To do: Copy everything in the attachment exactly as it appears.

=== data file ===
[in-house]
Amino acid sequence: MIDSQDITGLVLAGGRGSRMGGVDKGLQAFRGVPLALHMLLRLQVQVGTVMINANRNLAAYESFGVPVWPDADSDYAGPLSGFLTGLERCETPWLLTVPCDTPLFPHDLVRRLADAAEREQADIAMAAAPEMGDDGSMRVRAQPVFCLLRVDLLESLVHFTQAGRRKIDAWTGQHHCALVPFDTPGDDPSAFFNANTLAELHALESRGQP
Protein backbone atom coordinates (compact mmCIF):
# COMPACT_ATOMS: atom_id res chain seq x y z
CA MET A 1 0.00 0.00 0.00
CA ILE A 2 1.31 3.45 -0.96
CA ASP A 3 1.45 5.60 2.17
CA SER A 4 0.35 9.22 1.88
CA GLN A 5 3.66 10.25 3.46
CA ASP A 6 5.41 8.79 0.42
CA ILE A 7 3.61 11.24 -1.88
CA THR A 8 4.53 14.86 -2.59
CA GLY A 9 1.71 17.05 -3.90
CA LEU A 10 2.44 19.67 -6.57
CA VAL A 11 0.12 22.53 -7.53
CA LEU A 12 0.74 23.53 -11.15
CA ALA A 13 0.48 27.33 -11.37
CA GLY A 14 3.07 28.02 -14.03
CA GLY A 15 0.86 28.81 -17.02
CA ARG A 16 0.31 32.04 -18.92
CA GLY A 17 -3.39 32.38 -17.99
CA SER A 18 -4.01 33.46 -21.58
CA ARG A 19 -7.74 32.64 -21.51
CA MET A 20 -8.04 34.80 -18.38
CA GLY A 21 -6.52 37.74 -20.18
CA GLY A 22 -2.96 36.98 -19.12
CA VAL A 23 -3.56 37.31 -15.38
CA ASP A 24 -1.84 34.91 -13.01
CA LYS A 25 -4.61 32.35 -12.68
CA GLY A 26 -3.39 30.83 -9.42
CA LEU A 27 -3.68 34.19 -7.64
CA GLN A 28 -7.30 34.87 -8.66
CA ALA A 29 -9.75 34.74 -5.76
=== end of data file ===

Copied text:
[in-house]
Amino acid sequence: MIDSQDITGLVLAGGRGSRMGGVDKGLQAFRGVPLALHMLLRLQVQVGTVMINANRNLAAYESFGVPVWPDADSDYAGPLSGFLTGLERCETPWLLTVPCDTPLFPHDLVRRLADAAEREQADIAMAAAPEMGDDGSMRVRAQPVFCLLRVDLLESLVHFTQAGRRKIDAWTGQHHCALVPFDTPGDDPSAFFNANTLAELHALESRGQP
Protein backbone atom coordinates (compact mmCIF):
# COMPACT_ATOMS: atom_id res chain seq x y z
CA MET A 1 0.00 0.00 0.00
CA ILE A 2 1.31 3.45 -0.96
CA ASP A 3 1.45 5.60 2.17
CA SER A 4 0.35 9.22 1.88
CA GLN A 5 3.66 10.25 3.46
CA ASP A 6 5.41 8.79 0.42
CA ILE A 7 3.61 11.24 -1.88
CA THR A 8 4.53 14.86 -2.59
CA GLY A 9 1.71 17.05 -3.90
CA LEU A 10 2.44 19.67 -6.57
CA VAL A 11 0.12 22.53 -7.53
CA LEU A 12 0.74 23.53 -11.15
CA ALA A 13 0.48 27.33 -11.37
CA GLY A 14 3.07 28.02 -14.03
CA GLY A 15 0.86 28.81 -17.02
CA ARG A 16 0.31 32.04 -18.92
CA GLY A 17 -3.39 32.38 -17.99
CA SER A 18 -4.01 33.46 -21.58
CA ARG A 19 -7.74 32.64 -21.51
CA MET A 20 -8.04 34.80 -18.38
CA GLY A 21 -6.52 37.74 -20.18
CA GLY A 22 -2.96 36.98 -19.12
CA VAL A 23 -3.56 37.31 -15.38
CA ASP A 24 -1.84 34.91 -13.01
CA LYS A 25 -4.61 32.35 -12.68
CA GLY A 26 -3.39 30.83 -9.42
CA LEU A 27 -3.68 34.19 -7.64
CA GLN A 28 -7.30 34.87 -8.66
CA ALA A 29 -9.75 34.74 -5.76